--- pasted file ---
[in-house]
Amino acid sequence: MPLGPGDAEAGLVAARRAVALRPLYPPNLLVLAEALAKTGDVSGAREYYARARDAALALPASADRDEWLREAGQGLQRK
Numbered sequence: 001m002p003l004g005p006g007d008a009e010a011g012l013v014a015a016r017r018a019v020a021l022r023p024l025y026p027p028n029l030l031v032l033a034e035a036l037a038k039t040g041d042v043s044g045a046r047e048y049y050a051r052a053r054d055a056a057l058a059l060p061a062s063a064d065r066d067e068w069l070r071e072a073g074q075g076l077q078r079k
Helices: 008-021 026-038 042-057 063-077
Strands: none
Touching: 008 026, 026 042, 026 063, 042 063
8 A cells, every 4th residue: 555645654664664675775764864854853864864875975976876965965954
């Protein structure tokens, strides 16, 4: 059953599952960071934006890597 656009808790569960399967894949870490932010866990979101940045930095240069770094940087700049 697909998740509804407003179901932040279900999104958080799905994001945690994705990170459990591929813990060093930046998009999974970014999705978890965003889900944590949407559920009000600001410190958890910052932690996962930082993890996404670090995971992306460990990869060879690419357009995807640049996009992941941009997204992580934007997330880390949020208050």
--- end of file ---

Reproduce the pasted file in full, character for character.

[in-house]
Amino acid sequence: MPLGPGDAEAGLVAARRAVALRPLYPPNLLVLAEALAKTGDVSGAREYYARARDAALALPASADRDEWLREAGQGLQRK
Numbered sequence: 001m002p003l004g005p006g007d008a009e010a011g012l013v014a015a016r017r018a019v020a021l022r023p024l025y026p027p028n029l030l031v032l033a034e035a036l037a038k039t040g041d042v043s044g045a046r047e048y049y050a051r052a053r054d055a056a057l058a059l060p061a062s063a064d065r066d067e068w069l070r071e072a073g074q075g076l077q078r079k
Helices: 008-021 026-038 042-057 063-077
Strands: none
Touching: 008 026, 026 042, 026 063, 042 063
8 A cells, every 4th residue: 555645654664664675775764864854853864864875975976876965965954
């Protein structure tokens, strides 16, 4: 059953599952960071934006890597 656009808790569960399967894949870490932010866990979101940045930095240069770094940087700049 697909998740509804407003179901932040279900999104958080799905994001945690994705990170459990591929813990060093930046998009999974970014999705978890965003889900944590949407559920009000600001410190958890910052932690996962930082993890996404670090995971992306460990990869060879690419357009995807640049996009992941941009997204992580934007997330880390949020208050």